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Ohio Senate unanimously passes bill to eliminate loophole on spousal rape in state law

 Ohio Senate votes on budget
Jo Ingles
Statehouse News Bureau
Ohio Senate votes on budget

After decades of efforts to change a provision of state law shielding people who rape their spouses from prosecution, the Ohio Senate has voted unanimously to remove that loophole.

House Bill 161 would eliminate exceptions in the law on rape, sexual battery and other sexual offenses that apply when the victim and the attacker are married.

Efforts to close the spousal rape loophole go back to 1985, with a minority of lawmakers over the years expressing concerns about rape allegations being used as wedges in divorce cases.

Sen. Stephanie Kunze (R-Hilliard) said the gap in the law has suggested that either spousal rape isn’t taken as seriously as other sexual violence or that it doesn’t ever happen.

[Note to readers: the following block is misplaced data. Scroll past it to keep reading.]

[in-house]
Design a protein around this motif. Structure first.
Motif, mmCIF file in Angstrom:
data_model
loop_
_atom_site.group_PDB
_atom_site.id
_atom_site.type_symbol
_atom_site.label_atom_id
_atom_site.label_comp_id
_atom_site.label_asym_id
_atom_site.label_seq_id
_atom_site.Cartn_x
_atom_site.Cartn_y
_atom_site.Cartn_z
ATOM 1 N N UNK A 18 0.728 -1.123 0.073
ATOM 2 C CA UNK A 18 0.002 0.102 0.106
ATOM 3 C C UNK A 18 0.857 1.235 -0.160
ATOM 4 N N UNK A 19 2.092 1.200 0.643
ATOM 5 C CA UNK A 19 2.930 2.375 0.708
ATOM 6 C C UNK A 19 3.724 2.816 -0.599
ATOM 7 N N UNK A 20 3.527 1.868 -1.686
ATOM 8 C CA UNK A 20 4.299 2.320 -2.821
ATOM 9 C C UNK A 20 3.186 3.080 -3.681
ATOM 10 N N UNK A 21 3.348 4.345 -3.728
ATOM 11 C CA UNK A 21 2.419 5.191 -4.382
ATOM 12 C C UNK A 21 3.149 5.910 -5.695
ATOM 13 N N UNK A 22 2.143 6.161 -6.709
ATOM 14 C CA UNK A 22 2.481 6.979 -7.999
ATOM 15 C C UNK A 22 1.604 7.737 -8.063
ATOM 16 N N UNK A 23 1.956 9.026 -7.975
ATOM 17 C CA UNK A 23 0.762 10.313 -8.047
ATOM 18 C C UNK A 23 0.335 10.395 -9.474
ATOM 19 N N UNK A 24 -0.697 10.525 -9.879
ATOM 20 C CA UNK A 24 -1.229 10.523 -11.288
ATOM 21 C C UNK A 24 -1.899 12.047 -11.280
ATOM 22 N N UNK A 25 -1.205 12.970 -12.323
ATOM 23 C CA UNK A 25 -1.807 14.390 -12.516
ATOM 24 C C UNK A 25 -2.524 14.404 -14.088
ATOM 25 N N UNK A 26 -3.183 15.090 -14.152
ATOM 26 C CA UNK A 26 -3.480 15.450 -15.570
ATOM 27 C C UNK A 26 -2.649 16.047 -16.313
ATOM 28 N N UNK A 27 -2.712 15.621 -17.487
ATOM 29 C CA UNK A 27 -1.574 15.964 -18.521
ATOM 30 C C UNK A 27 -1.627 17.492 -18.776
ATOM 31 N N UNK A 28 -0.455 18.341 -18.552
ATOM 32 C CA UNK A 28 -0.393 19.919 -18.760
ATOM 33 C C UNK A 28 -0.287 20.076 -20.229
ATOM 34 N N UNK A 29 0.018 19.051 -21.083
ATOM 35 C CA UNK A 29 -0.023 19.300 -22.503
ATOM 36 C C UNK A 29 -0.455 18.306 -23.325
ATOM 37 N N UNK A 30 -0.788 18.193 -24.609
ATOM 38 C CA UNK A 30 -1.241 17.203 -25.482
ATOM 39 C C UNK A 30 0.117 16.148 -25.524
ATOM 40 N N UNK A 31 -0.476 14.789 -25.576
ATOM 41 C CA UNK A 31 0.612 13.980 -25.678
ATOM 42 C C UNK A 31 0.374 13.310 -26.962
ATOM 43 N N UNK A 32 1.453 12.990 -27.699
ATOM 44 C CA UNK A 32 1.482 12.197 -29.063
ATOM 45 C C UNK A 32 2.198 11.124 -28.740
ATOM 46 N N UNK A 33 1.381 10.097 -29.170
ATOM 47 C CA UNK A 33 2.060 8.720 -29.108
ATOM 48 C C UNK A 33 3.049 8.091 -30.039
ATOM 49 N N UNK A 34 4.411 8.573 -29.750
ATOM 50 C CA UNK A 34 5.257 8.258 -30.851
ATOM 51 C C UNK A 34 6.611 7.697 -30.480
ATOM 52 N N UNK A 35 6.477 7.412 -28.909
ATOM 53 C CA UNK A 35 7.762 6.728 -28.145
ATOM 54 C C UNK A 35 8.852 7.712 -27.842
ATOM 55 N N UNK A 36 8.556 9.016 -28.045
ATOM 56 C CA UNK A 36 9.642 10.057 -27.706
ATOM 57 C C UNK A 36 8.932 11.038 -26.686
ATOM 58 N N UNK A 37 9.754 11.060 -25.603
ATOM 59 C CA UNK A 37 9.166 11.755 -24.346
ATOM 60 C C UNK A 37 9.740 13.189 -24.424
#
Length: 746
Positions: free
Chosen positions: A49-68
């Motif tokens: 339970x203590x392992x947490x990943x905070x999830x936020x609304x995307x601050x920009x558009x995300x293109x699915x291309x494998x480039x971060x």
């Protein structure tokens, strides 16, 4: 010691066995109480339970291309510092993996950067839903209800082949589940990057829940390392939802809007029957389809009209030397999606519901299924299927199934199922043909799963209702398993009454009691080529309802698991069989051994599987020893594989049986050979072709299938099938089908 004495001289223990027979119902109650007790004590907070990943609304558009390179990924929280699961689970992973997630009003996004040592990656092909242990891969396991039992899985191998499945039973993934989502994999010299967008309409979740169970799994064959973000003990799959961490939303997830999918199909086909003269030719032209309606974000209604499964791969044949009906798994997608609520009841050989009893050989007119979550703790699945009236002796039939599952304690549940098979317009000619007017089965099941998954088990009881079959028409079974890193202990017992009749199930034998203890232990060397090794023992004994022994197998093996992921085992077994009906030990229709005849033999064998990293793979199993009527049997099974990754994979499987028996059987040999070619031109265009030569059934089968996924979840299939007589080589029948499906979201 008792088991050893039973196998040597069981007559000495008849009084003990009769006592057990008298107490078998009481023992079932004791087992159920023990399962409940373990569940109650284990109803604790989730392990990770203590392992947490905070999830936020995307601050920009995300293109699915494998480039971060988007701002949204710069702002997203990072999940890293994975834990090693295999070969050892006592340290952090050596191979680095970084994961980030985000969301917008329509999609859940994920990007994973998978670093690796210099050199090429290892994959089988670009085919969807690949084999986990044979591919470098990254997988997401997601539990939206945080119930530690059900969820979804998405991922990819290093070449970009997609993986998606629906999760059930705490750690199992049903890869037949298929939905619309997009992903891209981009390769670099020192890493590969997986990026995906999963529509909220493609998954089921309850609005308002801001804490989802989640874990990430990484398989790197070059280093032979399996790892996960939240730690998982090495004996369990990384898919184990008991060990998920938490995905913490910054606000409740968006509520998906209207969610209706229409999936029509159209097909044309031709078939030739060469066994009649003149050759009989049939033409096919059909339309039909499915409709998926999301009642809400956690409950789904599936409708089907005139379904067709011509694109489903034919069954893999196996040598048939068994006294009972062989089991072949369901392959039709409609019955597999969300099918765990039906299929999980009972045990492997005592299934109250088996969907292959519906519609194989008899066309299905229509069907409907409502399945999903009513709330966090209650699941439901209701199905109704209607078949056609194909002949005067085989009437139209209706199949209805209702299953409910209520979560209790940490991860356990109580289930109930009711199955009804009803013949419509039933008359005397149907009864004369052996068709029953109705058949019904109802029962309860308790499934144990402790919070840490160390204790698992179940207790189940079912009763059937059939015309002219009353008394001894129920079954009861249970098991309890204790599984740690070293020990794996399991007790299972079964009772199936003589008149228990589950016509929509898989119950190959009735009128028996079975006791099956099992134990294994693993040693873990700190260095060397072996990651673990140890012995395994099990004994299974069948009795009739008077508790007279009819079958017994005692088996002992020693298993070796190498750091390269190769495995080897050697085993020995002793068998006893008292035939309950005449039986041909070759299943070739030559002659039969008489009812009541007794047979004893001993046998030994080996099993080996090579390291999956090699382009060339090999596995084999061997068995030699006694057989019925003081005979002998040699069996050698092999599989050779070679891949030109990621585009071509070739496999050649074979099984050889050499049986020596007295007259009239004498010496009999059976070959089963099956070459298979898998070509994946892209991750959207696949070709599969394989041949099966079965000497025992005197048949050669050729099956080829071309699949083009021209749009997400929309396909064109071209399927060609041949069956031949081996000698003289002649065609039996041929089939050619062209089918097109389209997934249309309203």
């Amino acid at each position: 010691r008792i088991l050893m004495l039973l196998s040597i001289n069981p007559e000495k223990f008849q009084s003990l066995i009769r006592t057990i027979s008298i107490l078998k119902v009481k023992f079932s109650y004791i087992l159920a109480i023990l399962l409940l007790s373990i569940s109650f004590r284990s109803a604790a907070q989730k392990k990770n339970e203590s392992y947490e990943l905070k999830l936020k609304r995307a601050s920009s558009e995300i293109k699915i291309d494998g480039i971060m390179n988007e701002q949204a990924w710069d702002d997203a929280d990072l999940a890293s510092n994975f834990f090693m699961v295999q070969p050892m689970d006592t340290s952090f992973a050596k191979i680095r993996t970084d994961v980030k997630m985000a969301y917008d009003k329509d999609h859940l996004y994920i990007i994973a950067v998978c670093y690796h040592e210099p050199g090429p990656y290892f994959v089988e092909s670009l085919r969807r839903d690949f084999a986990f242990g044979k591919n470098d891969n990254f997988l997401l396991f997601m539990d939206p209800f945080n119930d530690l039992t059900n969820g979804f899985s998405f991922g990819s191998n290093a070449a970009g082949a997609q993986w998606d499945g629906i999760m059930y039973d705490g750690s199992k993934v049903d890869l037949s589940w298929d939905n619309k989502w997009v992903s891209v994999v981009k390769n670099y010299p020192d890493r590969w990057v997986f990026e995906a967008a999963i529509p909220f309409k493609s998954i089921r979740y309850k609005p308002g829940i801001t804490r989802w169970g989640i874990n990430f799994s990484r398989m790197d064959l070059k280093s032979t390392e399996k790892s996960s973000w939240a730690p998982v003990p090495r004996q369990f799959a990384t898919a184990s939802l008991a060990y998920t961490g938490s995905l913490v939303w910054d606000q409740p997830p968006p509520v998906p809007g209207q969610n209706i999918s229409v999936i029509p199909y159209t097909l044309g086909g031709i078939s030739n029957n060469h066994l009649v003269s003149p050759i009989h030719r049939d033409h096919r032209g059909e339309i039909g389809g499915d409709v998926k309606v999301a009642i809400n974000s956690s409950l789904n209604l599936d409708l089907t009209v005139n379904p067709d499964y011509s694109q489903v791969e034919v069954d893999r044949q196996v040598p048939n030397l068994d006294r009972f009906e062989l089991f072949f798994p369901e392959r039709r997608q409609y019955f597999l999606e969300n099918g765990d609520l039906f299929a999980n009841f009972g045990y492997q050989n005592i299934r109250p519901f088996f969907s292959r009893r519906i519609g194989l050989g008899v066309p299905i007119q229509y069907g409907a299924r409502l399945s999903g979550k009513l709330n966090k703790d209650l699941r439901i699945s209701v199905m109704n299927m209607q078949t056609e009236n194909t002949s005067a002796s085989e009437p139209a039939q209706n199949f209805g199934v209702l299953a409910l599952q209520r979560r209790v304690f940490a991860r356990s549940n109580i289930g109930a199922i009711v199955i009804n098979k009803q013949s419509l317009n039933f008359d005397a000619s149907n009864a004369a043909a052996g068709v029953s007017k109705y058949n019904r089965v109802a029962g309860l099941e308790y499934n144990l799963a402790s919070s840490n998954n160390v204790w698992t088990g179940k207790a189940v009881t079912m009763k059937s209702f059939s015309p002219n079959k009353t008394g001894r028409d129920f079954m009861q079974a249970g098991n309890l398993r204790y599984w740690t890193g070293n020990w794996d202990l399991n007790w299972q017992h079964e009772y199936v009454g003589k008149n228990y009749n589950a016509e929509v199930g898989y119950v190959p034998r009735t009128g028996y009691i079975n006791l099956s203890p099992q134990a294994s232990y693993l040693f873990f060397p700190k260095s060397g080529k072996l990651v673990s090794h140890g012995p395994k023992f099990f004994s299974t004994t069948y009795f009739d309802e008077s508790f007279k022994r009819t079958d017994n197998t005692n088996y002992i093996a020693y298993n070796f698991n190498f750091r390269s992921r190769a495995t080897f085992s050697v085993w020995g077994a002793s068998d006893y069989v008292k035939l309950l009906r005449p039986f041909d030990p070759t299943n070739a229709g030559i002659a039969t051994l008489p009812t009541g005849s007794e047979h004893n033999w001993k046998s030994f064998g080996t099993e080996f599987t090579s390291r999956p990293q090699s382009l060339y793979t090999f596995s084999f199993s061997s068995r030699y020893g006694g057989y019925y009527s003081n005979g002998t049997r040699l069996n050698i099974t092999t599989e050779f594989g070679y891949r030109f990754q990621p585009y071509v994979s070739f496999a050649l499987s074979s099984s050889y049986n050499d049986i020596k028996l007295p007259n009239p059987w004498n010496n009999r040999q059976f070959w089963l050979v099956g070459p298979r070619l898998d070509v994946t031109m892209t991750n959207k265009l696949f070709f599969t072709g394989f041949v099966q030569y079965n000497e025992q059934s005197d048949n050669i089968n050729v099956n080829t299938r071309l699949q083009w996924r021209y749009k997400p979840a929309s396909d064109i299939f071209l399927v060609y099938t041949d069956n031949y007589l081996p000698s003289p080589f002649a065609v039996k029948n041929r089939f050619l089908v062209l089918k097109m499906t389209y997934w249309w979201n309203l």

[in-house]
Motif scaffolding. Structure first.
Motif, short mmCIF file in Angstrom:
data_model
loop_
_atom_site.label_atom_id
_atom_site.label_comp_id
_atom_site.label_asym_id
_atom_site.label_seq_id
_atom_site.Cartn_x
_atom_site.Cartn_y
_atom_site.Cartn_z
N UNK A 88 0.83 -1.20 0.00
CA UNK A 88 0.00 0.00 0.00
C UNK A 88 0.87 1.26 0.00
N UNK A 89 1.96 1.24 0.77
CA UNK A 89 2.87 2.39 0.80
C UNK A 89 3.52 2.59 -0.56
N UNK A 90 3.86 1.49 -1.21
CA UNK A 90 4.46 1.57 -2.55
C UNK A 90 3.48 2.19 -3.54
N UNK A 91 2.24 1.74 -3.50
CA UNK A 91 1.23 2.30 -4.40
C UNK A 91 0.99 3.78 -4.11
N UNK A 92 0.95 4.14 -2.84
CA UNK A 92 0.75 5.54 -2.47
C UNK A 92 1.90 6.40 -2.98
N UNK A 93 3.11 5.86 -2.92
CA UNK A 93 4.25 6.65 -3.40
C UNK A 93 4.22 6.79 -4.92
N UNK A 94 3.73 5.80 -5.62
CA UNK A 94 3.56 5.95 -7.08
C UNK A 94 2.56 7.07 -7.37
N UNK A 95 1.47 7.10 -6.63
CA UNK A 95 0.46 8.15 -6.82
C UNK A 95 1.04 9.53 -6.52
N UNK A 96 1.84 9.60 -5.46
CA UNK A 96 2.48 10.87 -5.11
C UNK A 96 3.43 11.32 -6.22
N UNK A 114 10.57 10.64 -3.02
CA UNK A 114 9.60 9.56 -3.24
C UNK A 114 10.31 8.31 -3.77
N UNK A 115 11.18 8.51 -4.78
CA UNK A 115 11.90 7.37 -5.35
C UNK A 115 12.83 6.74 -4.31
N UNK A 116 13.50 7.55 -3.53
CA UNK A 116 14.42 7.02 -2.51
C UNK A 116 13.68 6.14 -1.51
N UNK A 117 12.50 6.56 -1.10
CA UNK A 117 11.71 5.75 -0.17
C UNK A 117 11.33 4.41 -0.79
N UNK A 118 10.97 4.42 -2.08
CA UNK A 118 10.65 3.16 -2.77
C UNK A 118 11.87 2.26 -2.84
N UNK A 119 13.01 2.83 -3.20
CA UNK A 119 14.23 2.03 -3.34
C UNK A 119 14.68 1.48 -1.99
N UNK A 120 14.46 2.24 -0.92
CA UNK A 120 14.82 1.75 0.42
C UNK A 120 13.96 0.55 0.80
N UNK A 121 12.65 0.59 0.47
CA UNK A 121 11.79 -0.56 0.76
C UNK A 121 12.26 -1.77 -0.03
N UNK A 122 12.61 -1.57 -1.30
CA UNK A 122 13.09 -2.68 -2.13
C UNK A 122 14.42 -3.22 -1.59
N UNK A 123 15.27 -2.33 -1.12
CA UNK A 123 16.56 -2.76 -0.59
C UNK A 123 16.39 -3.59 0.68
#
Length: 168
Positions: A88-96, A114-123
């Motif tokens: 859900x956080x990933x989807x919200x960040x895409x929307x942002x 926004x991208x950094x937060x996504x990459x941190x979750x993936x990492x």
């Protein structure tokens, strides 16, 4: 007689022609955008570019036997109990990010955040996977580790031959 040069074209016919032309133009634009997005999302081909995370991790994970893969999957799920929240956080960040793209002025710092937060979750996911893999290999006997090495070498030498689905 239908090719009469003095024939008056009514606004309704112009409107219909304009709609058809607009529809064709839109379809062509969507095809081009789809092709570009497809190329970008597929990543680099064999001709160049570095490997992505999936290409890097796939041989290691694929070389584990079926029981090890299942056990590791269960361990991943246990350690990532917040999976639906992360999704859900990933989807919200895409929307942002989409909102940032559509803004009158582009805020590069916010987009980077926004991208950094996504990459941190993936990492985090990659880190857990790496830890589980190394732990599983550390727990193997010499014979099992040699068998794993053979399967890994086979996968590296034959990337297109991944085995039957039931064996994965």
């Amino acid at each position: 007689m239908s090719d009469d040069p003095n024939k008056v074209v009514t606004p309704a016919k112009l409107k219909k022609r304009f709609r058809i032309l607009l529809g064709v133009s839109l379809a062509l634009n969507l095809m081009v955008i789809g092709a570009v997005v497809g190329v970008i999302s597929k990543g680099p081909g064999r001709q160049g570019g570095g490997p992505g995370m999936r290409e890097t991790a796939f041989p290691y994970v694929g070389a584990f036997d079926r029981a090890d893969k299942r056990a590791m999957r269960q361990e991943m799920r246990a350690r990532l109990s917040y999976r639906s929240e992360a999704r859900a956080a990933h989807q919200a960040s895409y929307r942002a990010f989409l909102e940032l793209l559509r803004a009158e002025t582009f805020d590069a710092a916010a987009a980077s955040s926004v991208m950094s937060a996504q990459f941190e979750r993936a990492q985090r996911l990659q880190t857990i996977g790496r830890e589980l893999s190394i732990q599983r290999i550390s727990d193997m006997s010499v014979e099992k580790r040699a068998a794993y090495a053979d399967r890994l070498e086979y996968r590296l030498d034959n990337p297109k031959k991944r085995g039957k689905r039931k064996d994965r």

“This is especially concerning, as a spouse should be the most trusted person in a marriage," Kunze said on the Senate floor. "And it is even more egregious to think that in our state in 2024, it is lawful to to rape your spouse.”

Senate Minority Leader Nickie Antonio (D-Lakewood), the bill's joint sponsor who’s introduced measures to close the spousal rape loophole twice before, said the state has taken "a step forward in eliminating this archaic loophole."

“I recall it first coming to my attention that Ohio needed a spousal rape bill and to address that actually in the early 90s. And while Ohio addressed parts of the law, then this loophole remained," Antonio said.

After passing the House in November with only one “no” vote – from Rep. Bill Dean (R-Xenia) – the bill now goes to Ohio Gov. Mike DeWine for his signature.

Contact Karen at 614-578-6375 or at kkasler@statehousenews.org.